Stretching 22 blocks from New York City’s Gansevoort Street in the Meatpacking District up to Chelsea, this old railway line 30 feet above the streets has been converted into a eco and family-friendly park aptly named ‘The Highline‘. Using reclaimed materials already located in the area, New York now has a new green space. Rolling lounges, gardens, and benches are well used by mothers, nannies, business people and joggers.
I remember being in Europe and asking for warm milk for my baby. It was scalding hot and the poor screaming child had to wait an hour for it to cool. Not the case at Sun Peaks Resort. Not only is the hot chocolate from Cafe Soleil lukewarm and perfect for kids (they asked), but it was covered in coloured sprinkles and whipped cream. This family resort, designed after a Tyrolean village, is 40 minutes north of Kamloops, and easily accessible from Vancouver, Calgary and Seattle by plane, shuttle and train. Not only is the resort friendly for families, but it has tons of terrain too. 122 runs (including 12 glade areas) will keep every member of your group happy. (At there’s a hot terrain park if you have a shredder in your midst).
I think it’s been a while since the heyday of travel – when hopping on a plane was an experience in itself. I know my mom always looked forward to being able to just sit for a few hours and have someone bring her a hot meal and a glass of wine (obviously I was older by this point!) while she thumbed a book or napped. Unless you’re flying first class or by private jet, it’s safe to say those days are long gone, and now the “fun” of air travel begins before you’ve even hit the departure lounge.
Air Canada and the art of travel. But with kids and babies. It’s interesting what a sense of entitlement we feel when we’ve given birth. I walked into the Toronto airport, very grateful that the limo driver had a car seat in his trunk. (For the price of the ride I could have gotten some pretty hot jeans, but all is fair on travel days). Waiting in line, I approached a lovely female Air Canada agent, simply expecting that she would agree that stopovers while venturing across the country with a child were absurd. No matter. A friendly banter, the baby acting extra cute, and $75 for the change, and all was settled. She was a Mother.
I was recently introduced to the concept of Educational Trips for kids. Mommy or Daddy takes a child away for the weekend, and they get one-on-one time and learn together. What better place than Victoria, at the Fairmont Empress Hotel? I am very much an old Canadian. I appreciate modern, boutique hotels too, but there is nothing quite like the luxury of the old Canadian Pacific chain. Sometimes wallpaper, high ceilings, antiques and superb service are just necessary. On a recent stay at the Fairmont Empress in Victoria, I was reminded why I seek out these fabulous hotels, and what educational opportunities are available in every day life if you take the time to look for them.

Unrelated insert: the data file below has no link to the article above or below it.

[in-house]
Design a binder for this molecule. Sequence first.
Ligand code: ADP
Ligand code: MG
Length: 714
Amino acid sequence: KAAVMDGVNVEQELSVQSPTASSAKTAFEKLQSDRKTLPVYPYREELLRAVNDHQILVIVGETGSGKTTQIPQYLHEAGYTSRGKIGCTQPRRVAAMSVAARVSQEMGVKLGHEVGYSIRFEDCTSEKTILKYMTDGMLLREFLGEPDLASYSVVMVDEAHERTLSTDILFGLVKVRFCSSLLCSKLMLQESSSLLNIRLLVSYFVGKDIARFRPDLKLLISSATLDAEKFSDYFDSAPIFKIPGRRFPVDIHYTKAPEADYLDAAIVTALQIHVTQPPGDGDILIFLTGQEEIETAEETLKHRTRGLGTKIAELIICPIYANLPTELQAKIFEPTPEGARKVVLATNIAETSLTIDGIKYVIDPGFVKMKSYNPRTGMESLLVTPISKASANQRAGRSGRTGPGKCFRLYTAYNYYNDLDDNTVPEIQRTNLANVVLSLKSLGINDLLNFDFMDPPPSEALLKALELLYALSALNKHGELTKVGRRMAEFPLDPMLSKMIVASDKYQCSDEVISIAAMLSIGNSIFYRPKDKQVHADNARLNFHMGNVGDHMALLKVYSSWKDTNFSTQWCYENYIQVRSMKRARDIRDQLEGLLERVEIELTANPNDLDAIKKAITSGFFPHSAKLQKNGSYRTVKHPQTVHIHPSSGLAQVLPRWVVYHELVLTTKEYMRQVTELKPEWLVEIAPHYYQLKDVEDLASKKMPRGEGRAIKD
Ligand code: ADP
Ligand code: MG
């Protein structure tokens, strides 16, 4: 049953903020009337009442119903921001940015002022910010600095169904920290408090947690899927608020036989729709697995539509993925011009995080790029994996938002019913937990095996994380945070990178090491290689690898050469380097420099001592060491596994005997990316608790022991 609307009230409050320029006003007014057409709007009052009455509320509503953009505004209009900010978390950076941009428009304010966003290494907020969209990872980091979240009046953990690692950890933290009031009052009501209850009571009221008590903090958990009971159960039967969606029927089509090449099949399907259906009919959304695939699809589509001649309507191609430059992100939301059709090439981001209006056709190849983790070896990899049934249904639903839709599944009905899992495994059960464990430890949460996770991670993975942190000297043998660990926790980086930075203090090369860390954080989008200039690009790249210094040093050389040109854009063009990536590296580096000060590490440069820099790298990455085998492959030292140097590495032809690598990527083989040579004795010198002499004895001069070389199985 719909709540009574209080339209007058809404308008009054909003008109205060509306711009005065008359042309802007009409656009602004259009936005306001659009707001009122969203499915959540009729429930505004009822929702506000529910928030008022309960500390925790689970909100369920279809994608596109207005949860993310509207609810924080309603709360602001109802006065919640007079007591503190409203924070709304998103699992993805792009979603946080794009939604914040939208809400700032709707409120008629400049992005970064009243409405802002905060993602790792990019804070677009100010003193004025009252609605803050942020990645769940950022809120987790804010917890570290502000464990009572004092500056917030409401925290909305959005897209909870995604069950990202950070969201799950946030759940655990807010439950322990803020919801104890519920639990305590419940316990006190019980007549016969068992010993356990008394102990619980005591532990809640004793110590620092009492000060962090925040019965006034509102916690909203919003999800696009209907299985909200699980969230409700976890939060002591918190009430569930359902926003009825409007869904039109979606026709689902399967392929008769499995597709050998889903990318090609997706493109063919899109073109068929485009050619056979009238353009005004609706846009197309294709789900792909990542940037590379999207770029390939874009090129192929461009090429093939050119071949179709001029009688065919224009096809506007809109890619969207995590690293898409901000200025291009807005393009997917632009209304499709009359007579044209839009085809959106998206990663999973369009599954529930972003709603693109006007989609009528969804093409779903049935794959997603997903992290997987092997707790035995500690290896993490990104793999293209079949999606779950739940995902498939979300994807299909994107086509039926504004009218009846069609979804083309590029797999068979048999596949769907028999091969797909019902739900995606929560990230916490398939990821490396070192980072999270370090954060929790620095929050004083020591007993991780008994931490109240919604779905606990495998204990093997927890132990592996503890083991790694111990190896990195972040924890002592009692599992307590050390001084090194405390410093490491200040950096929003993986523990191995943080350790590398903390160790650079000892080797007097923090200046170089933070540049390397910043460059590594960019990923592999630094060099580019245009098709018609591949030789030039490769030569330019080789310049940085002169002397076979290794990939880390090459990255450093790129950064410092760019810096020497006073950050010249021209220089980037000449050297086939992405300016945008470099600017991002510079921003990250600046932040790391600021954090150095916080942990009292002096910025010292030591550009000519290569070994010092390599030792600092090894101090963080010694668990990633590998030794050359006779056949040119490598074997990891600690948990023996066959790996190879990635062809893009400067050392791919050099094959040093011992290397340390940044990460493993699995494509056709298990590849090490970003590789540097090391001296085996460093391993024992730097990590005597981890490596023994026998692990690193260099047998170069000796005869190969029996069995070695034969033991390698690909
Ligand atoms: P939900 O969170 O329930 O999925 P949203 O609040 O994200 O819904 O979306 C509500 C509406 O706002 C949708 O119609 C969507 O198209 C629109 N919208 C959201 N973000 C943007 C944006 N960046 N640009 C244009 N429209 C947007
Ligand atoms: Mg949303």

While in Seattle (Washington) recently, Urban Mommies discovered Molly Moon’s Ice Cream and fell in love! The hand-made ice cream boutique has been featured in Bon Appetit magazine and features fantastic and creative gourmet and European flavours. There’s Birthday Cake and “Scout” Mint for the kids and flavours like Balsamic Strawberry, Honey Lavender and Rosemary Meyer Lemon for the big kids. The flavours–which include vegan sorbets–change daily and they have fabulously creative odd sundaes. Their prices are cheap and their portions are huge! Here’s a tip for ordering:
Dairy Queen birthday parties are so 80s! A clown or magician? So last century! Bouncy castles? Well that’s just 2000-‘n-late! A birthday party at the Telus World of Science is timeless and will be a guaranteed highlight in your child’s memories. You and your child will be a hit with all your child’s friends–and their parents–as the children will not only enjoy mountains of fun but will also learn that science is a pretty darn cool thing! Science World, as most Vancouverites call it, excels in creating exciting games out of scientific principles. Just be prepared for when it’s time to leave because the kids will not be happy that it’s time to go!
Spring, and a little toddler’s fancy turns to… baby lambs. Born last night at Maplewood Farm are two beautiful black ones that will melt your heart. Chasing the hens, climbing with the goats or feeding the bunnies is such fun at this North Vancouver barnyard. Spring is a great time to go and explain the difference between sheep and lambs, pigs and piglets (flash cards not included). Get up close and personal with the animals, and don’t forget your carrots and parsley for the rabbits. Birdseed is available for the chickens.
In my ‘20s I traveled for 6 weeks through Europe with one backpack that I carried myself. For our week-long honeymoon, my husband and I took one large suitcase between us. Just over 2 years later, my husband, 11-month-old daughter, and I had an overflowing luggage cart that held 2 large suitcases (overweight), 2 stuffed-to-the-brim carry-ons, and a car seat. In hindsight, we should have added our playpen to the pile, since the hotel-issued crib for that trip was pretty wobbly.
A big concern many parents have about traveling is how time changes and jet lag will affect their child’s routine and sleeping patterns. It’s a valid concern; we all know how jet lag makes us feel (zonked and cranky), and who wants to cope with a toddler in that same state? According to pretty much any book or article you read, children cope with time changes and jet lag much better than adults do, acclimatizing much faster.